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EMS workers statewide to use new triage tags

January 31, 2000|By KIMBERLY YAKOWSKI

In the upcoming months, emergency workers in Maryland will receive training on a new statewide tagging process for its triage system for multiple casualties, according to John Donohue, Region III administrator for the Maryland Institute of Emergency Medical Services Systems.

The process uses tags printed with numerous categories that are affixed to patient at accident scenes to indicate their medical conditions.

At a mass-casualty scene, medics initially evaluate each patient's condition and tie a colored band around his arm. This band indicates the severity of the medical problem, he said. Red tags are for the most severe cases, followed by yellow and then green.

Upon further examination, a medic will affix a 10-by-4-inch tag to the patient and fill out each appropriate category.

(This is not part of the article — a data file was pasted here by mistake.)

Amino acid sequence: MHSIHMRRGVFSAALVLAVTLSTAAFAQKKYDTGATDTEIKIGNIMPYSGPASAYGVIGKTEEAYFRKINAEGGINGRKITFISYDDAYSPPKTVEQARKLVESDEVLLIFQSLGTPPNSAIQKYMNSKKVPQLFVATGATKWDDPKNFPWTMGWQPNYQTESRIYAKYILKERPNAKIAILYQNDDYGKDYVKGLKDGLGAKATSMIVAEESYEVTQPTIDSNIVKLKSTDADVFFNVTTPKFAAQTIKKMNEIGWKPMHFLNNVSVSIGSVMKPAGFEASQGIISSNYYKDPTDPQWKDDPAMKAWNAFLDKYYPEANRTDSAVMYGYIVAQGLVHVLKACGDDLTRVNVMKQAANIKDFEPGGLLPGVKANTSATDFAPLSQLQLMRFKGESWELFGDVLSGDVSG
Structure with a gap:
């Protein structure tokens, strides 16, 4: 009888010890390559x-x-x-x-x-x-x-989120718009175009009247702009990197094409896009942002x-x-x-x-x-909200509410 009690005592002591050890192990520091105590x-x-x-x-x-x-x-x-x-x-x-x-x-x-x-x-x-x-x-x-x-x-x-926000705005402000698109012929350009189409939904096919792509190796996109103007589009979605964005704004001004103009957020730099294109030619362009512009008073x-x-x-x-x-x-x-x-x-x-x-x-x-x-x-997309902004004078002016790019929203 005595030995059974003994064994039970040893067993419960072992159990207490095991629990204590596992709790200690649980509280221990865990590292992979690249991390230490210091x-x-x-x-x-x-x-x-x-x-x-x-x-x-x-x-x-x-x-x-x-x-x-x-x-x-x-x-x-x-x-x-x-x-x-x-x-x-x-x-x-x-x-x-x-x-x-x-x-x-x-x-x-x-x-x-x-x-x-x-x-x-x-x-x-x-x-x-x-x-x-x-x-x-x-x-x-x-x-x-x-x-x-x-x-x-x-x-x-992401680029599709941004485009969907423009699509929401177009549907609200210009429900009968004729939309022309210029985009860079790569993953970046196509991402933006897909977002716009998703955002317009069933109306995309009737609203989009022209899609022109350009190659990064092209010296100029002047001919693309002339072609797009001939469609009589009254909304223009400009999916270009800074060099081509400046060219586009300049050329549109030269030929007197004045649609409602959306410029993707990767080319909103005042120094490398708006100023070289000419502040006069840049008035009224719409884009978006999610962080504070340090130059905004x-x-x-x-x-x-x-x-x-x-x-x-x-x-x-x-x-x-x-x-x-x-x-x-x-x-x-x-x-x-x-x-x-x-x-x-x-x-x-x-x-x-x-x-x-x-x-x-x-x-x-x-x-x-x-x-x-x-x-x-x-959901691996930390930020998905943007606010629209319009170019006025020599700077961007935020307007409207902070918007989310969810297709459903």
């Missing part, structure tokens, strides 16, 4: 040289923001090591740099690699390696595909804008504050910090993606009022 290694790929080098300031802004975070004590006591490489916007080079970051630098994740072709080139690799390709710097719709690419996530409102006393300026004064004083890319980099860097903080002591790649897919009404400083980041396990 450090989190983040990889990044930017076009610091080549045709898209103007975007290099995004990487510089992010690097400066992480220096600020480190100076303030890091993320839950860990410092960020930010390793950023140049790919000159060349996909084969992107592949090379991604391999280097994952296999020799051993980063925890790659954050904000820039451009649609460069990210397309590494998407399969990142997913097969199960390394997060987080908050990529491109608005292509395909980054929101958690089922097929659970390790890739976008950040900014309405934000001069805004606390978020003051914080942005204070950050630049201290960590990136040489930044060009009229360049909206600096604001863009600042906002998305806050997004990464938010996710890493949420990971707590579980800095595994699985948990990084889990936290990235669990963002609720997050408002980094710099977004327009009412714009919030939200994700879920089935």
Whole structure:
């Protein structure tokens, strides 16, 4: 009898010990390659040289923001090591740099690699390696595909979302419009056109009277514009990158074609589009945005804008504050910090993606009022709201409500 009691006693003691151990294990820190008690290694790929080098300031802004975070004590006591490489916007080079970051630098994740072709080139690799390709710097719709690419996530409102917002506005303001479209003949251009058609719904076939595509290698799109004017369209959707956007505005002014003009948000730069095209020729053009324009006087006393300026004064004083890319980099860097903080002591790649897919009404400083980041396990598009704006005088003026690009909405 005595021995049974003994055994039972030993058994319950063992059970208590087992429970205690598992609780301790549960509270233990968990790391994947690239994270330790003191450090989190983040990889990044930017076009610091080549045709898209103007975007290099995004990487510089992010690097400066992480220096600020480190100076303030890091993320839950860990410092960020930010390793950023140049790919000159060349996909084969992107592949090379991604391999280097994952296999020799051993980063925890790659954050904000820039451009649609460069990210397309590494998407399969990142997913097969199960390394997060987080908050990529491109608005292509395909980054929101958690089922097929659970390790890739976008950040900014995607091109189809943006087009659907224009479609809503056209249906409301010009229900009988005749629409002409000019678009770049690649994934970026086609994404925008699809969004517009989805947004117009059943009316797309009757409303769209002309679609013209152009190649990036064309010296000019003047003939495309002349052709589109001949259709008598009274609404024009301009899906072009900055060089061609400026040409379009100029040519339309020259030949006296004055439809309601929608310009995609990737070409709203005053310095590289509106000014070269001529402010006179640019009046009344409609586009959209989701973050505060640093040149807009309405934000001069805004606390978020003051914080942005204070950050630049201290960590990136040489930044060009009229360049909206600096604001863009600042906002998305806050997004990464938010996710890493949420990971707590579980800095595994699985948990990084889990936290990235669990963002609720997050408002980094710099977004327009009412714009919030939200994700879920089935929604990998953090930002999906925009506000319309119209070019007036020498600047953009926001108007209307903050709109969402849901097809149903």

The tags use bar codes, stickers, diagrams and written descriptions of medical problems.

Multiple categories are listed on the tags, including triage status, transport records, vital signs, history and treatment, allowing medics to better keep continuous track of a patient's condition, Donohue said.

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The tags will be accounted for separately, and they can't be altered or thrown away, he said.

The triage method of classifying patients based on the severity of their symptoms is nothing new, but this system will help medics be more efficient, said Donohue.

The tags will now provide statewide uniformity in assessing patient conditions at a scene, and the stickers will eliminate the need to decipher medics' handwriting, he said.

The new polyster-coated Mylar tags also are waterproof, which is a benefit when treating patients in poor weather, he said.

Emergency medical professionals will be required to learn the new system as part of statewide protocols, he said.

About 70,000 tags were purchased and will be distributed across the state.

Funded by MIEMSS and the Maryland State Highway Administration, the tagging process is based on a system used by the Virginia Department of Health Office of Emergency Medical Services.

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